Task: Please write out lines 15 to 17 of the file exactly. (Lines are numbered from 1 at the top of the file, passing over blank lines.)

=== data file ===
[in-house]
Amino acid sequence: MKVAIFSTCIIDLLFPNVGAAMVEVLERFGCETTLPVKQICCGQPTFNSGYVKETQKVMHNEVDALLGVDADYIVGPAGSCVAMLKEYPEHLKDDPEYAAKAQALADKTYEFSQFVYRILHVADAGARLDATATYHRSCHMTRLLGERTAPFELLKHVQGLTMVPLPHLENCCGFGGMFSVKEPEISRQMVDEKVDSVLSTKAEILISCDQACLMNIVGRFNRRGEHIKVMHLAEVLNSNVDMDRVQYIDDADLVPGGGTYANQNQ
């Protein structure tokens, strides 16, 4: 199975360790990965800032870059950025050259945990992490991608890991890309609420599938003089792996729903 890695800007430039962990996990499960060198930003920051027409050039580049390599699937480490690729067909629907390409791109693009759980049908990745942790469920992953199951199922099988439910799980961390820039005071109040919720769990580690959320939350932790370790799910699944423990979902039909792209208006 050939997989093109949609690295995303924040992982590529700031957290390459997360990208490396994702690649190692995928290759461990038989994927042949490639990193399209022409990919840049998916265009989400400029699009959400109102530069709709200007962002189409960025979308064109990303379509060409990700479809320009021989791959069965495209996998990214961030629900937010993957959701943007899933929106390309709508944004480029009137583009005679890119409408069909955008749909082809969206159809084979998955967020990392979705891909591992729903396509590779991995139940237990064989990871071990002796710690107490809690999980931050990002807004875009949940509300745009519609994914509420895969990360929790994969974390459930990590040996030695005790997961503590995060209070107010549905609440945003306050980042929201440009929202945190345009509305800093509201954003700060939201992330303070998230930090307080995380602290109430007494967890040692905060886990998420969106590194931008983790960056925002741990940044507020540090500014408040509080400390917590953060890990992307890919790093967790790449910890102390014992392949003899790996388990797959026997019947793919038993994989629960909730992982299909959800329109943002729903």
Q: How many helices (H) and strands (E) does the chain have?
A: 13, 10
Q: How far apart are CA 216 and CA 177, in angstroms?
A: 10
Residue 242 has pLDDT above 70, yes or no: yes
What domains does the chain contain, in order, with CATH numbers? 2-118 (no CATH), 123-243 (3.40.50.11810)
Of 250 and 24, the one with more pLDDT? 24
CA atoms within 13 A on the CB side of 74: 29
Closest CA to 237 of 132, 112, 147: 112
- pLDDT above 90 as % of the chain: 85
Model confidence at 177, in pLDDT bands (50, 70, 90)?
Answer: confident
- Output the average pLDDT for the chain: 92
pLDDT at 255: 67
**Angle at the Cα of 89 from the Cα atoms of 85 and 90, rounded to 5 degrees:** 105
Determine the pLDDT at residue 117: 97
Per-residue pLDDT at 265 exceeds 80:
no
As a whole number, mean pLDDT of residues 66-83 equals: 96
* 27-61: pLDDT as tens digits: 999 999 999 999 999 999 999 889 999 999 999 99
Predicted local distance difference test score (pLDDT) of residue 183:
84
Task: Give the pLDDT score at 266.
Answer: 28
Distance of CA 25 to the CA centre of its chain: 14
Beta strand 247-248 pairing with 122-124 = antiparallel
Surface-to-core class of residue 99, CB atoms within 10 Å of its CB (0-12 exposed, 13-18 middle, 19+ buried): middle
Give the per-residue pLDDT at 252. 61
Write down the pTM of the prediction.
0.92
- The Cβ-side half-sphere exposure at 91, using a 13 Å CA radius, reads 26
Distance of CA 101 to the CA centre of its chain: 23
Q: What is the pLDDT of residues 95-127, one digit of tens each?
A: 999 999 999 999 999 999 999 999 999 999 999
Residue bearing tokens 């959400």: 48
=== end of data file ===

Answer: confident
- Output the average pLDDT for the chain: 92
pLDDT at 255: 67